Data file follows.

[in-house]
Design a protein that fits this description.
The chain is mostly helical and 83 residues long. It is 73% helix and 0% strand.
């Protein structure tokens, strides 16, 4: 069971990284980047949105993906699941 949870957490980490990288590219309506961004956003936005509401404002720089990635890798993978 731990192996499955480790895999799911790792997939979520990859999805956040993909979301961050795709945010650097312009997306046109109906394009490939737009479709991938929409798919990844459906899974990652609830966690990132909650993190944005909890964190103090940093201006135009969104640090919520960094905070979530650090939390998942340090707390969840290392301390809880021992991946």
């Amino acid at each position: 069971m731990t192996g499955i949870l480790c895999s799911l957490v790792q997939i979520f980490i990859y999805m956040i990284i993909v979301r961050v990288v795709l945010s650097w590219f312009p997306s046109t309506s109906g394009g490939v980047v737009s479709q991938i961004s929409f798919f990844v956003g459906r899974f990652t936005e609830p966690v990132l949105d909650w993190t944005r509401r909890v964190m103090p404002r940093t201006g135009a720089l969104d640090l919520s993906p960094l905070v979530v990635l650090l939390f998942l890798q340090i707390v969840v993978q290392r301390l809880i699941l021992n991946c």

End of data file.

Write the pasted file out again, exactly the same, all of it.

[in-house]
Design a protein that fits this description.
The chain is mostly helical and 83 residues long. It is 73% helix and 0% strand.
């Protein structure tokens, strides 16, 4: 069971990284980047949105993906699941 949870957490980490990288590219309506961004956003936005509401404002720089990635890798993978 731990192996499955480790895999799911790792997939979520990859999805956040993909979301961050795709945010650097312009997306046109109906394009490939737009479709991938929409798919990844459906899974990652609830966690990132909650993190944005909890964190103090940093201006135009969104640090919520960094905070979530650090939390998942340090707390969840290392301390809880021992991946």
């Amino acid at each position: 069971m731990t192996g499955i949870l480790c895999s799911l957490v790792q997939i979520f980490i990859y999805m956040i990284i993909v979301r961050v990288v795709l945010s650097w590219f312009p997306s046109t309506s109906g394009g490939v980047v737009s479709q991938i961004s929409f798919f990844v956003g459906r899974f990652t936005e609830p966690v990132l949105d909650w993190t944005r509401r909890v964190m103090p404002r940093t201006g135009a720089l969104d640090l919520s993906p960094l905070v979530v990635l650090l939390f998942l890798q340090i707390v969840v993978q290392r301390l809880i699941l021992n991946c």